Burk - well, clearly, if one is *really good* at what one does, then one is more likely to keep a job, even in a rapidly declining sector like manufacturing. But, definitionally, most people are more-or-less average at what they do (and it sound like Errol, a young man with a mixed resume, would probably be in this class). And, the average employee is clearly being forced out of manufacturing - something like half of the jobs have gone (if we adjusted for population), and if present trends continue, most of the other half will go over the next twenty years.

So we are talking about several tens of millions of people in all. What do you propose they all do?

I suggest that "living in their parent's basement with occasional low paying part time jobs" is a recipe for serious societal instability, along the lines I outlined yesterday.

Stuart Staniford said...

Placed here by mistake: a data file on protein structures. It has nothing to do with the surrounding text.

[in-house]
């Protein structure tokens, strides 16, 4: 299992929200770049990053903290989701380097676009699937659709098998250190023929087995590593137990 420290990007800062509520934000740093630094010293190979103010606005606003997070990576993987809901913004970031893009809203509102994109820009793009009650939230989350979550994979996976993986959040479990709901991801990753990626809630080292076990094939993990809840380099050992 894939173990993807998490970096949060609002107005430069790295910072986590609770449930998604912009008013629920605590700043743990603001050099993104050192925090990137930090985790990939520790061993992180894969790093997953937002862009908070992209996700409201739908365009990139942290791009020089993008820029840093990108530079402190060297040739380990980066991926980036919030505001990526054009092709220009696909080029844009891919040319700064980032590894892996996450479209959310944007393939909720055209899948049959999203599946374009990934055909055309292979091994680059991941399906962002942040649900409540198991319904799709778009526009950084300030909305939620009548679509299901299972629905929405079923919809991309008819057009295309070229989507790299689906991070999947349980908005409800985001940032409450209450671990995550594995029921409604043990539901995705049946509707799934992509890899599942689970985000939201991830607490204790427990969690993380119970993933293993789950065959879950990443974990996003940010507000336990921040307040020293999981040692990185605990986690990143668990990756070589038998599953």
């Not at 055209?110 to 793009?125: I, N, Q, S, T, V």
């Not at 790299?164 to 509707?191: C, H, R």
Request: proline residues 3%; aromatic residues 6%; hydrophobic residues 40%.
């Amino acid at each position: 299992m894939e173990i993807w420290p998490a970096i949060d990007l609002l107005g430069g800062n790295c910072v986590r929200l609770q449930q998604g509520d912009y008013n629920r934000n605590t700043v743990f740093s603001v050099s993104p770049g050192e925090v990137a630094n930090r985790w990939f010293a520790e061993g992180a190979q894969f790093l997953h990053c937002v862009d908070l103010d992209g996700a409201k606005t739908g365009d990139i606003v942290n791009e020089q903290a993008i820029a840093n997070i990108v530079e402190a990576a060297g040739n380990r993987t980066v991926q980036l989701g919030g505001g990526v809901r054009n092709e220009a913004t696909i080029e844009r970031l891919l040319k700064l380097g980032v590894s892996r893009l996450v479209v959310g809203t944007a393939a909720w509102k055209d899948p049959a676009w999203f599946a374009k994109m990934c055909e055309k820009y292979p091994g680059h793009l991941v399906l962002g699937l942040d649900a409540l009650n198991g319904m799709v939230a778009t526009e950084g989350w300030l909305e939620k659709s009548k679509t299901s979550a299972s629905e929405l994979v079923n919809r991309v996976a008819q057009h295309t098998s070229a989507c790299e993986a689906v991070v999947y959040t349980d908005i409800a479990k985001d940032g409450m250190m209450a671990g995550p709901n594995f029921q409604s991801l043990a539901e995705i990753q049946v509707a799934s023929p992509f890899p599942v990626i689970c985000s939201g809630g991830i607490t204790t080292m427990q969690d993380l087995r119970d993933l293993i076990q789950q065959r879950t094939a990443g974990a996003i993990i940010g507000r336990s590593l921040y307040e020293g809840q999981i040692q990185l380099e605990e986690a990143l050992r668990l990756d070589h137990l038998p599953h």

Pops - I'll look up the stats on military employment this evening.

Manolo said...

Interesting, from the DOT: Vehicle Miles Driven unchanged in December

over at calculated risk:

http://www.calculatedriskblog.com/2010/02/dot-vehicle-miles-driven-unchanged-in.html

Makes one ponder ...

Nick G said...

" most people feel like healthcare cost inflation is a big problem and would like to see this trend stop"

I find that baffling. We should expect employment to decline in mature industries like farming, mining and manufacturing, and grow in advanced service sectors like medicine and education.

Don't people want to live longer and healthier lives? Do they want the only growing sector to be entertainment?

People shouldn't be encouraged to want something for nothing...

james said...